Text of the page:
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Advances in Geosciences An open-access journal for refereed proceedings and special publications
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Volume 1
Adv. Geosci., 1, 103–108, 2003
https://doi.org/10.5194/adgeo-1-103-2003
© Author(s) 2003. This work is licensed under
the Creative Commons Attribution-NonCommercial-ShareAlike 2.5 License.
Adv. Geosci., 1, 103–108, 2003
https://doi.org/10.5194/adgeo-1-103-2003
© Author(s) 2003. This work is licensed under
the Creative Commons Attribution-NonCommercial-ShareAlike 2.5 License.

  30 Jun 2003

30 Jun 2003

Why the 18.6 year tide cannot explain the change of sign observed in j2

F. Deleflie1, P. Exertier1, G. Metris1, P. Berio1, O. Laurain1, J.-M. Lemoine2, and R. Biancale2 F. Deleflie et al.
  • 1Observatoire de la Côte d’Azur – CERGA/GRGS, Av. N. Copernic F-06130 Grasse, France
  • 2Observatoire Midi-Pyrénées OMP/GRGS, Av. E. Belin, F-31400 Toulouse, France

Abstract. Recent studies show a change, starting in 1998, in the behavior of the variation of the dynamical flattening of the Earth (J2), supposed to be constant (secular), and mainly due to the post glacial rebound effect. In this paper, we study to what extent this behavior can be correlated or not with the 18.6 year tide: with more than twenty years of tracking data on LAGEOS-1, that is to say more than a period of 18.6 years, this effect can now be separated from the secular variation. We use our theory of mean orbital motion, dedicated to studies of the long period effects on the orbital motion. We build one single arc of LAGEOS-1 from 1980 to 2002, which provides a continuous description of the orbital parameters. This is the great originality of our approach. We focus our attention on the ascending node of LAGEOS-1, and we show that the change observed in j2 cannot be attributed to a statistical error due to a correlation, in short arcs results, between the secular variation of J2 and the 18.6 year tide. The proof is based on the adjustment of amplitudes and phases of the long period tides, and on the shape of the residuals.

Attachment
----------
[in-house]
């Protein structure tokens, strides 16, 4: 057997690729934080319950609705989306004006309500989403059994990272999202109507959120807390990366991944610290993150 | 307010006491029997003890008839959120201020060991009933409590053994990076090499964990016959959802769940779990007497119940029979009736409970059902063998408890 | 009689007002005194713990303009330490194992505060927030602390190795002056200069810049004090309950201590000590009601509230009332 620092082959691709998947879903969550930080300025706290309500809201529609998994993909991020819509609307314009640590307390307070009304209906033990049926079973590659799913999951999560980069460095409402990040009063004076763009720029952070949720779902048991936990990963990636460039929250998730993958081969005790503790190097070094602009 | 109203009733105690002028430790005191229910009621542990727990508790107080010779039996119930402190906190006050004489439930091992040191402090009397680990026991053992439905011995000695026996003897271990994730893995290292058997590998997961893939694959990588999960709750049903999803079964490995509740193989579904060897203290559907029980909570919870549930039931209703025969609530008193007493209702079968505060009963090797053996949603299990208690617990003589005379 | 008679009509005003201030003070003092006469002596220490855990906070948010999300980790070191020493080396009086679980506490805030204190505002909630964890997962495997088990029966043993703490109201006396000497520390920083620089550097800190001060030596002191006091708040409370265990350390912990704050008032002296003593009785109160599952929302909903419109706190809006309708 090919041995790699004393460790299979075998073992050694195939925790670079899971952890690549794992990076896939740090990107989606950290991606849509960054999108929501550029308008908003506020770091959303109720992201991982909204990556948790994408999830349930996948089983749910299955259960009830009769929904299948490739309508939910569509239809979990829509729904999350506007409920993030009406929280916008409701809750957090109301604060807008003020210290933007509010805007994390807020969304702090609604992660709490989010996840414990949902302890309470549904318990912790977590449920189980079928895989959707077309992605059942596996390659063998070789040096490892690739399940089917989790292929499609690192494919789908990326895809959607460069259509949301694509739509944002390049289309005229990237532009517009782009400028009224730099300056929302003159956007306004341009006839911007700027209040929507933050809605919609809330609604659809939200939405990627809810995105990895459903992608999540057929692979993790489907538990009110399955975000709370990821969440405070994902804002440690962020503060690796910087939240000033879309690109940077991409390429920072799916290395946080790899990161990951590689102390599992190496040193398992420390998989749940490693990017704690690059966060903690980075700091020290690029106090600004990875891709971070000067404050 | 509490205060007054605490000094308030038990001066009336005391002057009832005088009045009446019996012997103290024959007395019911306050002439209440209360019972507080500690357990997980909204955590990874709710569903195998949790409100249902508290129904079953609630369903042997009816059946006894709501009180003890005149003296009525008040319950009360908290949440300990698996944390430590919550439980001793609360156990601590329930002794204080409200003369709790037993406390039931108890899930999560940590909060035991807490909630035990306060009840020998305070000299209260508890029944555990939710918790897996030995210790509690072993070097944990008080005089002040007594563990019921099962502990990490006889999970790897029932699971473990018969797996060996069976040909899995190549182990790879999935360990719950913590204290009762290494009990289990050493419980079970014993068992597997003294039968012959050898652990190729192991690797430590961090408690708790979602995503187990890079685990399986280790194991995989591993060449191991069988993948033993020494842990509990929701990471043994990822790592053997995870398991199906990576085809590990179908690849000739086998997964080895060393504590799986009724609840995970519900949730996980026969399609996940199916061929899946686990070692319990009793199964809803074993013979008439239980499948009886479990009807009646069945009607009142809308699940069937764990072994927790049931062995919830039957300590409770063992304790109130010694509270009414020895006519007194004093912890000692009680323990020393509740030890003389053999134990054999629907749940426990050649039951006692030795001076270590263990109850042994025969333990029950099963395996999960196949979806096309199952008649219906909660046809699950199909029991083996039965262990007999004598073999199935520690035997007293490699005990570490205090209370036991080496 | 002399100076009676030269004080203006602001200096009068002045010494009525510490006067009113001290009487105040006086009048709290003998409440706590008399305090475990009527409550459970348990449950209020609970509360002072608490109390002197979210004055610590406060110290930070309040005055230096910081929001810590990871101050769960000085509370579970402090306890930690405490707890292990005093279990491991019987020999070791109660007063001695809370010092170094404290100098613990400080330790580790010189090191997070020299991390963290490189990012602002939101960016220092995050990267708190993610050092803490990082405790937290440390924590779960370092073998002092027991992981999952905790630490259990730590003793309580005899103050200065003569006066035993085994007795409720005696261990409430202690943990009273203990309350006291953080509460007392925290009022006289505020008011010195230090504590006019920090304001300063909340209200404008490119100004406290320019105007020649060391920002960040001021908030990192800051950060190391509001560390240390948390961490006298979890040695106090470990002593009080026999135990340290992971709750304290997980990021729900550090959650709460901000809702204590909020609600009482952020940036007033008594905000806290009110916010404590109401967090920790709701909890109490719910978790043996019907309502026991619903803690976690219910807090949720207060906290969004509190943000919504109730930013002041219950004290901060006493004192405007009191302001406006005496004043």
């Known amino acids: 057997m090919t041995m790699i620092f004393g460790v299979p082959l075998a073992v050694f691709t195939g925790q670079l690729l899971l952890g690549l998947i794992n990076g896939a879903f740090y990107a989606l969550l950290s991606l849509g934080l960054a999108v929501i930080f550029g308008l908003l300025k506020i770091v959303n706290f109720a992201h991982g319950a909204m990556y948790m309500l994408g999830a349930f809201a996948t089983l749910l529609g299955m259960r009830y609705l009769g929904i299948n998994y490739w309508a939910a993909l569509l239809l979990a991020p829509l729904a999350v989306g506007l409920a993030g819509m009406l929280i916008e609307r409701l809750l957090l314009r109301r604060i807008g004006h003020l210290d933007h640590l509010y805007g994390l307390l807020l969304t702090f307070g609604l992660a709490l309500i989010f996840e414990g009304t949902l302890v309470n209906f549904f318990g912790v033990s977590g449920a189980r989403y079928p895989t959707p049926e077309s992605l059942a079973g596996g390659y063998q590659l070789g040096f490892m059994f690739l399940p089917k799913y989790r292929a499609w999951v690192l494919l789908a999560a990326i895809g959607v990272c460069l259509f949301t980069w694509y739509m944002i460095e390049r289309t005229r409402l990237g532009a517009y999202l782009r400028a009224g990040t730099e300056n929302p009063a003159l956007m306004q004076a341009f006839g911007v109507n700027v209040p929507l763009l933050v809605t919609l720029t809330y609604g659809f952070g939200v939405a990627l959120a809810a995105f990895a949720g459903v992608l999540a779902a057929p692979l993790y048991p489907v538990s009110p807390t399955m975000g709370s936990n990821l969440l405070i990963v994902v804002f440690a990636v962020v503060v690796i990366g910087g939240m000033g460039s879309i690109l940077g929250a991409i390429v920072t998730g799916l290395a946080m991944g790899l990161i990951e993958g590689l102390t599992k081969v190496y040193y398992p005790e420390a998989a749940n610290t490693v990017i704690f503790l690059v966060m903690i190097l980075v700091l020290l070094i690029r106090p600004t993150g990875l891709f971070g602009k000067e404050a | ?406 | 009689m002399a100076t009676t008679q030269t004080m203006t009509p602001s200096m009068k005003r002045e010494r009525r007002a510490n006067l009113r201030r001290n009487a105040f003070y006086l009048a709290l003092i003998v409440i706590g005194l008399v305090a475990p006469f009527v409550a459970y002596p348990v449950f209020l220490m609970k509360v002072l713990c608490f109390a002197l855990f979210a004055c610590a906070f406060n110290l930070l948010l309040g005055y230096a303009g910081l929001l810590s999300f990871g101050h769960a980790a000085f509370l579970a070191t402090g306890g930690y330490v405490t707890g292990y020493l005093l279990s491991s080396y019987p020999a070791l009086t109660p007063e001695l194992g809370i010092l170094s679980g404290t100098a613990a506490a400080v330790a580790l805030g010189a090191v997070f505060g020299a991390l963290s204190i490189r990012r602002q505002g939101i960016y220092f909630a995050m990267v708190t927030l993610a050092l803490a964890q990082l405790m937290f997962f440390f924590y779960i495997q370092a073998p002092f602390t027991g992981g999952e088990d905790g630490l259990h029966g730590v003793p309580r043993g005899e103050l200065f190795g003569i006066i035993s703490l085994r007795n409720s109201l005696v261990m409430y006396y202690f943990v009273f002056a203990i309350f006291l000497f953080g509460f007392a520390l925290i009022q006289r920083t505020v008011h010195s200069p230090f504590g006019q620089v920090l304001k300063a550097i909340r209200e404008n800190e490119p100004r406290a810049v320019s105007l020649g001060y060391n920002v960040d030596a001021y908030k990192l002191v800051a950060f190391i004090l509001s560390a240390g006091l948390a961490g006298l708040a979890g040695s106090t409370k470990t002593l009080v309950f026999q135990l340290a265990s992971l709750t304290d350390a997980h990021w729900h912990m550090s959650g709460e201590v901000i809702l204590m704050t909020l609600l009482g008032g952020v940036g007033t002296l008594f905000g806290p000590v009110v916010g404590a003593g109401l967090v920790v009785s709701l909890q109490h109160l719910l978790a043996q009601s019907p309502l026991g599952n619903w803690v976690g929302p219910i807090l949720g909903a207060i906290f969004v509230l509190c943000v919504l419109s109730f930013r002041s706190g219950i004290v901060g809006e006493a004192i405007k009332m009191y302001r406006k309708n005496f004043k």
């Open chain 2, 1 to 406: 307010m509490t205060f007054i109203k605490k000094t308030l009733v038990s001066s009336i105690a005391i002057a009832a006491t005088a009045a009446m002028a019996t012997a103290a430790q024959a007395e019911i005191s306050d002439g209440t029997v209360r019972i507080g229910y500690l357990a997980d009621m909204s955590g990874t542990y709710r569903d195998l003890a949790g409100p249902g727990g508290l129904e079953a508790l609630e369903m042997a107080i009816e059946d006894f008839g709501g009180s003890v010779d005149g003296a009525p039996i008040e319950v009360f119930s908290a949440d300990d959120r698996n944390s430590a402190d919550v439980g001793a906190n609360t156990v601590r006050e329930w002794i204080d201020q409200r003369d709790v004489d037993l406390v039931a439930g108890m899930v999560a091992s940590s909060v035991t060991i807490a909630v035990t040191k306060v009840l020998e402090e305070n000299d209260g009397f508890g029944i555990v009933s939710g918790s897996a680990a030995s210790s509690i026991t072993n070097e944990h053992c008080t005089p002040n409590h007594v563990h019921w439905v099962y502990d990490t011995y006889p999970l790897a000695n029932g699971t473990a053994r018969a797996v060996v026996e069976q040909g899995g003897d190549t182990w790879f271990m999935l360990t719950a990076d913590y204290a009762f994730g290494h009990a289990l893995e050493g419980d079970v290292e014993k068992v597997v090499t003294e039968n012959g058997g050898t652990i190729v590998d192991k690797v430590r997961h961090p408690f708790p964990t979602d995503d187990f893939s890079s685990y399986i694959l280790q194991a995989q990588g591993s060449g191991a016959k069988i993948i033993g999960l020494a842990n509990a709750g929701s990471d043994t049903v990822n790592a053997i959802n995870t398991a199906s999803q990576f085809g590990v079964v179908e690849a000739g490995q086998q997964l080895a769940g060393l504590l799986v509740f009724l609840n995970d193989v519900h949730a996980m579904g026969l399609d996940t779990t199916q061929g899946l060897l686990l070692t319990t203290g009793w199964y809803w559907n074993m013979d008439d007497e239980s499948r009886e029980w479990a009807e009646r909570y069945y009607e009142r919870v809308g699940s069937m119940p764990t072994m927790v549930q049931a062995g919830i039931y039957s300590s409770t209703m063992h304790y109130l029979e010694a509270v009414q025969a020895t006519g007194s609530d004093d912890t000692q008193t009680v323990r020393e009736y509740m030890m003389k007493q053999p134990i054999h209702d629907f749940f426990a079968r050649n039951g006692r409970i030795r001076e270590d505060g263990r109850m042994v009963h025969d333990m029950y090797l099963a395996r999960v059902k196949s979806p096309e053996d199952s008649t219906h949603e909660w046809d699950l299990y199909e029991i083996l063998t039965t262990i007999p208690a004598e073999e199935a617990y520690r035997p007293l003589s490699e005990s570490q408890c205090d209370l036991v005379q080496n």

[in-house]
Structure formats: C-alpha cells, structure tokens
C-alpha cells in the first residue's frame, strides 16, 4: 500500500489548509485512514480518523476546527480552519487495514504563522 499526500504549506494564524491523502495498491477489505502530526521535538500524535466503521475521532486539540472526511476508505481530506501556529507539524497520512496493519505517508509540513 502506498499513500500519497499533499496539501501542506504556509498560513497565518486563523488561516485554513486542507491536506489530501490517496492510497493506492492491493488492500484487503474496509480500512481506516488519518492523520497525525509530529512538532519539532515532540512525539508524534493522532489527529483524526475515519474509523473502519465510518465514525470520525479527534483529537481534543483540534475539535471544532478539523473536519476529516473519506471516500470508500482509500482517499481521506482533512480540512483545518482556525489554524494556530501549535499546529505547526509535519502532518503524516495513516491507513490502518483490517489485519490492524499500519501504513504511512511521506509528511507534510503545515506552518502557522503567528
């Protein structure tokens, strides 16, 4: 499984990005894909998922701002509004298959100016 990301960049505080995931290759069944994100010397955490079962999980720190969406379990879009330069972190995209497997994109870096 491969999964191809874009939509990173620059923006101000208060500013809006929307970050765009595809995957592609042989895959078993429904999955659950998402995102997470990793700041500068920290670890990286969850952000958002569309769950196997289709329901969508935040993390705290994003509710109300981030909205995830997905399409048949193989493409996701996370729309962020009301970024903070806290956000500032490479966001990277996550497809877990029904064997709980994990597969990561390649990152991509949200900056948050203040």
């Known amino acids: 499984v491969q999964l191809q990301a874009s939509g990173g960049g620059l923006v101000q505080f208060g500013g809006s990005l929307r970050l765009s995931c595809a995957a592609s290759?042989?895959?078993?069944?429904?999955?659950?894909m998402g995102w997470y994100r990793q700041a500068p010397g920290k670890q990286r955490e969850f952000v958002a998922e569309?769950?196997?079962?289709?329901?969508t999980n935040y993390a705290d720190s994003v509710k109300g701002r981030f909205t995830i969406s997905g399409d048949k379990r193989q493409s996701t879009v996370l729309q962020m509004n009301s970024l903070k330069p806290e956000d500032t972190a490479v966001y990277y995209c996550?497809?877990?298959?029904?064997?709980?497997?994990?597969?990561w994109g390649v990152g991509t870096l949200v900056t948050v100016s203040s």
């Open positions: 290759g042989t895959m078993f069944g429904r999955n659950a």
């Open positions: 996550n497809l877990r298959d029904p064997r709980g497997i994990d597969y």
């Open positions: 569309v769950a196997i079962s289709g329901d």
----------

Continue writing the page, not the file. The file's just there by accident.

Key words. secular variation of J2, 18.6 year tide, mean orbital motione

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